12. Kip
    Posted May 5, 2012 at 3:24 pm | Permalink

    “The comments left after that AnnArbor.com article make me want to pack up my family and leave Michigan forever.”

    After reading some of your commentents I agree that would be best.

  13. Erika
    Posted May 5, 2012 at 4:49 pm | Permalink

    EOS: Where did you come up with 2%? Since the proposed income tax rate is 1%, with $1000 personal exemption, someone making $50,000 would pay $490 per year in taxes, unless they have dependents, in which case it would be less.

  14. Posted May 6, 2012 at 9:50 am | Permalink

    When I moved to Ypsilanti many years ago after living many other places around the country, people openly said “you are moving WHERE!? Moving to crime-ridden Ypsitucky!? Lots of critical things followed. I moved to Ypsilanti anyway, and the horrible things they predicted DID NOT ever happen. What DID happen was I found an accepting and diverse community which was walkable and had beautiful parks and fun festivals. I found an underground music scene, a symphony orchestra and a fine arts center, beautiful historic homes, accessible government, great city services and real neighborhoods with neighbors that actually know each other. We fight, we make up, and we move ahead. I am fond of saying that “Ypsilanti IS what other cities THINK they are”. Not a bad place to live
    after all.

  15. Posted May 6, 2012 at 1:37 pm | Permalink

    New Prof, according to a friend in the History department, the formal rollout of the program should happen soon. As of right now, from what I’m told, there are no details available.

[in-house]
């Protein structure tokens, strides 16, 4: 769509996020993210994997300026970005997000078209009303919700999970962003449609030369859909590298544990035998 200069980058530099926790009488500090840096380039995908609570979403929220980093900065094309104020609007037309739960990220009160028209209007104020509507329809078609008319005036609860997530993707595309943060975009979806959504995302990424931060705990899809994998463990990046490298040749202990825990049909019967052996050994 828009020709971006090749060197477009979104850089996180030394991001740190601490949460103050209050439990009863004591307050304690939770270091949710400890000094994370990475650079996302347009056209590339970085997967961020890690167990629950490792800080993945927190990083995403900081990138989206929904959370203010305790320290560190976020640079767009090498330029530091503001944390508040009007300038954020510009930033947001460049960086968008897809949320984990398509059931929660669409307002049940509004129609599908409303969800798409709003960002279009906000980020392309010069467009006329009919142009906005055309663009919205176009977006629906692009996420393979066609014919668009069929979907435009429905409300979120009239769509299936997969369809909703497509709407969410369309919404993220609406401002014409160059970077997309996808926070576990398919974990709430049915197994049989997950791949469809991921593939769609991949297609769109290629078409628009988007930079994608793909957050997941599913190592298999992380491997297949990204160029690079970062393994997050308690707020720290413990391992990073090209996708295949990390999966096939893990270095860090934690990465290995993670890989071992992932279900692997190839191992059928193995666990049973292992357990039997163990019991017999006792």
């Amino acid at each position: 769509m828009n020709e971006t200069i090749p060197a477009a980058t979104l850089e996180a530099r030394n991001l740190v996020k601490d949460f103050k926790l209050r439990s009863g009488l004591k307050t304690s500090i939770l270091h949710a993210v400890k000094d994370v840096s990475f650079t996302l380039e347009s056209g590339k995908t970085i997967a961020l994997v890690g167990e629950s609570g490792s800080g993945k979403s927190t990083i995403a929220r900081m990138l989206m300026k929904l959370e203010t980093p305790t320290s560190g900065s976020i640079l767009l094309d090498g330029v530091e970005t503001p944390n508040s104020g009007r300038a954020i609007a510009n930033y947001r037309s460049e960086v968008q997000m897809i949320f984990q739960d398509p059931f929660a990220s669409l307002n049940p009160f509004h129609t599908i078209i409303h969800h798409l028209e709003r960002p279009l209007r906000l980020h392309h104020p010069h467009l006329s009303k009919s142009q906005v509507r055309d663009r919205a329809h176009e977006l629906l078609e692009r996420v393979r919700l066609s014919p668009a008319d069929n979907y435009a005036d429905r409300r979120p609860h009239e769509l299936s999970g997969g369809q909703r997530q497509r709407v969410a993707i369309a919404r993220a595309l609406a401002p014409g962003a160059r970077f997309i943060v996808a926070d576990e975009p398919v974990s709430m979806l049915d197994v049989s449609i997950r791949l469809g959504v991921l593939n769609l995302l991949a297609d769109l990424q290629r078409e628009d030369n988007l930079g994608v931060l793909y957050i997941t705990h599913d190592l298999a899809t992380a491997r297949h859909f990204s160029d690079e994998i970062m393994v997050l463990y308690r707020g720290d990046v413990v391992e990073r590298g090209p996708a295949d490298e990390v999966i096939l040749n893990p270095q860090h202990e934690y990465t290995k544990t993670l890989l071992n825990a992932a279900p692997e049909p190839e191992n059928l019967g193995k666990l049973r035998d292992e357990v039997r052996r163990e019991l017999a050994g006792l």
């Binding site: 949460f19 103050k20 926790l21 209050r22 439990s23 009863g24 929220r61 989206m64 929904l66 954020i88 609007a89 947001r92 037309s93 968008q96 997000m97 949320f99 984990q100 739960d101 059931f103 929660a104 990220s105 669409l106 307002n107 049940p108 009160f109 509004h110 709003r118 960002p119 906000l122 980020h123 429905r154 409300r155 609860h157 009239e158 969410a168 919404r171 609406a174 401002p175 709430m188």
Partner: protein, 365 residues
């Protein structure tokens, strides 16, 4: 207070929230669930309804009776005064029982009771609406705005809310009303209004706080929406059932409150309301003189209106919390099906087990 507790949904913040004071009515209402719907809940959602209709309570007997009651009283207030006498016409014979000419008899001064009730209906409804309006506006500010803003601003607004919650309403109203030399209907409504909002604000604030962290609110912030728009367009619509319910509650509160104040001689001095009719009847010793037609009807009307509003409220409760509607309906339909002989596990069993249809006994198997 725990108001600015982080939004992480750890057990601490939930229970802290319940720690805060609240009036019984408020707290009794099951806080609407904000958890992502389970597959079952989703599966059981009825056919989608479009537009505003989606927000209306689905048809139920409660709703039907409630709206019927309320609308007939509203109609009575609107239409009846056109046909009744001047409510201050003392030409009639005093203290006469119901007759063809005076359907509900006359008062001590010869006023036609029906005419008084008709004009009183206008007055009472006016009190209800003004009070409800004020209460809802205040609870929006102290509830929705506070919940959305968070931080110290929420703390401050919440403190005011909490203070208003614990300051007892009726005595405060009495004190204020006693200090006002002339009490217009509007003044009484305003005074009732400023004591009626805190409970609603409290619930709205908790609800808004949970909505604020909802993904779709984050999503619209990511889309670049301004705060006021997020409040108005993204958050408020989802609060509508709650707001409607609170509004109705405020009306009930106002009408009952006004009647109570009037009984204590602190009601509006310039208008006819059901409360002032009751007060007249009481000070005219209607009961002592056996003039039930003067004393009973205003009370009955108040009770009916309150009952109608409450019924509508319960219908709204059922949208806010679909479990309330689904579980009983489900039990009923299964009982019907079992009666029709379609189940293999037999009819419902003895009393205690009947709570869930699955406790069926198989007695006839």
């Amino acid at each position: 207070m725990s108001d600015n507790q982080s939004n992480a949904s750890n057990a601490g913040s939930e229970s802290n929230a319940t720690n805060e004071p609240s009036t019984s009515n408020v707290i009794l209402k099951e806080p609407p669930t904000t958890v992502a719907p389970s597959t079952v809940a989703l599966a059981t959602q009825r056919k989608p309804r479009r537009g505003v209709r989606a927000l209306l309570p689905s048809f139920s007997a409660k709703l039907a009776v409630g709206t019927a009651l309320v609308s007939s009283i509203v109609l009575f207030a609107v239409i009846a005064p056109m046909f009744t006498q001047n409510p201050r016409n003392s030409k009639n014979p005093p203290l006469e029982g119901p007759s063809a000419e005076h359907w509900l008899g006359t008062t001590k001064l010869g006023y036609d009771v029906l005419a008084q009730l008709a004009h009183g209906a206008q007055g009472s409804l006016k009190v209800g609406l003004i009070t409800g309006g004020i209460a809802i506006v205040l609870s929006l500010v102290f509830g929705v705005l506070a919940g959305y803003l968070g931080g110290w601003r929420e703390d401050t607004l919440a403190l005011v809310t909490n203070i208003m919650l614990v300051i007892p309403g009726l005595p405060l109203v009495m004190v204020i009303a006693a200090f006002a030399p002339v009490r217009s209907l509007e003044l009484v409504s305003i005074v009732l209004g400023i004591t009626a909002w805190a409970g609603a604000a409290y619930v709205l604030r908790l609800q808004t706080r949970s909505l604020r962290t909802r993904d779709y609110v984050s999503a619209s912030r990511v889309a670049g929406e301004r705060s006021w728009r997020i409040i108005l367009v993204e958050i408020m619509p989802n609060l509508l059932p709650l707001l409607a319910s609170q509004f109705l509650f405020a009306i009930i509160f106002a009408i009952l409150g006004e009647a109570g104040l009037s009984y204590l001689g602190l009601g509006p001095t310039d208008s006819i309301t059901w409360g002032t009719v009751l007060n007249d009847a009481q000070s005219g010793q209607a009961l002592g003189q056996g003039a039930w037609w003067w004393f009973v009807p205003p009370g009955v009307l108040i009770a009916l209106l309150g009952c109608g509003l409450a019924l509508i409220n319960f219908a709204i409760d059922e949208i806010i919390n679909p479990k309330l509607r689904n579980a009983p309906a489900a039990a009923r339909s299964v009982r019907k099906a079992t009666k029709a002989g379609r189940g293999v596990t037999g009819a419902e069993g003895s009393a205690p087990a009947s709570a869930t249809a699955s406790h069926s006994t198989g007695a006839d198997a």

16. Decky Alexander
    Posted May 7, 2012 at 5:55 pm | Permalink

    When I was looking to possibly purchase my first home (9 years ago) I looked in the City of Ypsilanti as I was already living there.. Among many loves of the city was its engagement at the local level from politics to art. Another added plus was being Mark (as in Maynard’s) and Lynette’s next door neighbor (or rather we lived in separate apartments in the same house). I was probably not a major plus for them as I was prone to keeping stray cats.

    So…as a relatively new faculty member I was unable to afford to purchase a house in Ypsilanti given the (at the time) cost of the house and taxes. Incentives such as lower interest rates, closing costs, etc. would have assisted me greatly, and I would have no doubt purchased a house in the city of Ypsilanti. Many new staff members and faculty members if they have no spouse or other source of income may not be able to purchase a house in Ypsilanti particularly in the first years of their employment, and thus this program could not just be an incentive but bridge a financial gap. I think it’s important for the employees of a publicly supported university to try and live at some time in the community, which houses it.

    A comparable program was launched with great success in Ann Arbor. Many municipal employees of Washtenaw County and the City of Ann Arbor were able to purchase town homes on Stone School Road. The cost of such townhouses were subsidized by the city/county, and thus it allowed people who worked there to also live (buy houses) there.

  17. Meta
    Posted June 3, 2012 at 6:11 pm | Permalink

    DTE handed over a check, so I guess that makes this real.

    The following comes from The Courier.

    “On June 1, the DTE Foundation presented a check to the program for $30,000.”

    Read More:

  18. Brainless
    Posted August 10, 2012 at 10:36 am | Permalink

    annarbor.com has an article from someone who took up EMU on this offer:

    Oh, and there’s the same spate of cretinous, language-challenged comments from anti-Ypsi’s finest, but it looks like the town is standing up for itself this time.

  19. S. Bar
    Posted October 24, 2013 at 8:28 pm | Permalink

    Offer them bulletproof vests maybe?